Learning to Love "the Actor's Nightmare" in Wonderstruck Live and Mixed Company
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Learning to Love “the Actor’s Nightmare” in Wonderstruck Live and Mixed Company

These shows are bringing stage actors and improvisers closer together.

Haley McGee and Raoul Bhaneja. Photo by John Gundy.

Wonderstruck Live
Storefront Theatre (955 Bloor Street West)
Sunday August 30, 8 p.m.

Mixed Company
Comedy Bar (945 Bloor Street West)
Monday August 31, 8 p.m.

There’s a twist on the ol’ “forgot your clothes” nightmare, for actors—it’s “forgot your lines,” and it was enshrined in a play about an actor who is dropped into a play without lines or plot: Christopher Durang’s The Actor’s Nightmare.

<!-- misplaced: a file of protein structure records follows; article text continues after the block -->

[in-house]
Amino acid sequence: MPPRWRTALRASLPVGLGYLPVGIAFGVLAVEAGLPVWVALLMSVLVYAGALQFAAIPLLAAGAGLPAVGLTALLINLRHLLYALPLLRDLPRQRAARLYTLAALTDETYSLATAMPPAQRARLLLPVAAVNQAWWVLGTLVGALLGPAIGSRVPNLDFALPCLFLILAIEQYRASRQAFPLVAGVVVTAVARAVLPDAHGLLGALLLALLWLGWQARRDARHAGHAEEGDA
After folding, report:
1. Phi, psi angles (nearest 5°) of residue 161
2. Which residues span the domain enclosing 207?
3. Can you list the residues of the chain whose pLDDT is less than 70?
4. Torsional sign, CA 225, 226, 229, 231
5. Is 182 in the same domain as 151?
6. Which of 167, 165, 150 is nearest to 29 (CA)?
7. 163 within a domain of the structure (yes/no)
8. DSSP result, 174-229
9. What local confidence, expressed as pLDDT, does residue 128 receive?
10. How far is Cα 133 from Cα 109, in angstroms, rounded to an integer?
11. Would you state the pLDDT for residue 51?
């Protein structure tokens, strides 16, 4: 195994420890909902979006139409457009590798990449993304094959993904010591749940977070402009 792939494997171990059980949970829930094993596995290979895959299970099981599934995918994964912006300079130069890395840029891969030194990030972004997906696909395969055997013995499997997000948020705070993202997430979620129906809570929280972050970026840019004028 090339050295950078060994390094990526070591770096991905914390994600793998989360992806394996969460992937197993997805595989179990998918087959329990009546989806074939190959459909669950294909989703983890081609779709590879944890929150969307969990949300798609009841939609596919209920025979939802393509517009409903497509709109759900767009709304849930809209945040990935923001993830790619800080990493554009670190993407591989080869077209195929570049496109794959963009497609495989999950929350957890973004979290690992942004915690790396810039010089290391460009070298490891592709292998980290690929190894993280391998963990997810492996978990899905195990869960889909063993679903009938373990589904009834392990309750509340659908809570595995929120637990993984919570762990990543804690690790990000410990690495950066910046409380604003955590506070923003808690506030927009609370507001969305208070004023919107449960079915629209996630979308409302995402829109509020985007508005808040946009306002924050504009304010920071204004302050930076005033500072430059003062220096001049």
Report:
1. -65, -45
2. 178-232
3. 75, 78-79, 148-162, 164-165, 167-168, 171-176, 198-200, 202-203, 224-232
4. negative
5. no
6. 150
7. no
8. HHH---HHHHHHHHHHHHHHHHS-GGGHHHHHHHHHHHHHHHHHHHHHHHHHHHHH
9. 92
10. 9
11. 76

Some performers, though, learn to love the thrill of having to make it all up on the spot, in improv, a particular form of performer adrenaline addiction. The strange thing in Toronto, however, is how stage actors and comedic improvisers so rarely interact. But a pair of shows—Wonderstruck Live (which ran Sunday), and Mixed Company (which runs tonight)—feature actors improvising plays and pair actors with improvisers in scenes, and work to better blend the two disciplines.

“My favourite time as a performer to date has been improvising plays,” Ron Pederson explains to us after a performance of Wonderstruck Live at the Storefront Theatre, where it was in residence every Sunday in August. (The show is moving to Monday nights at the Bad Dog Theatre, starting September 7.) As an alumni of The National Theatre of The World, Pederson (along with Naomi Snieckus, Matt Baram, and many guest performers) did over 200 improvised one-act plays around the world, but he’s been mostly performing scripted work of late. “I missed longform, and wanted to do [improvised] plays again.”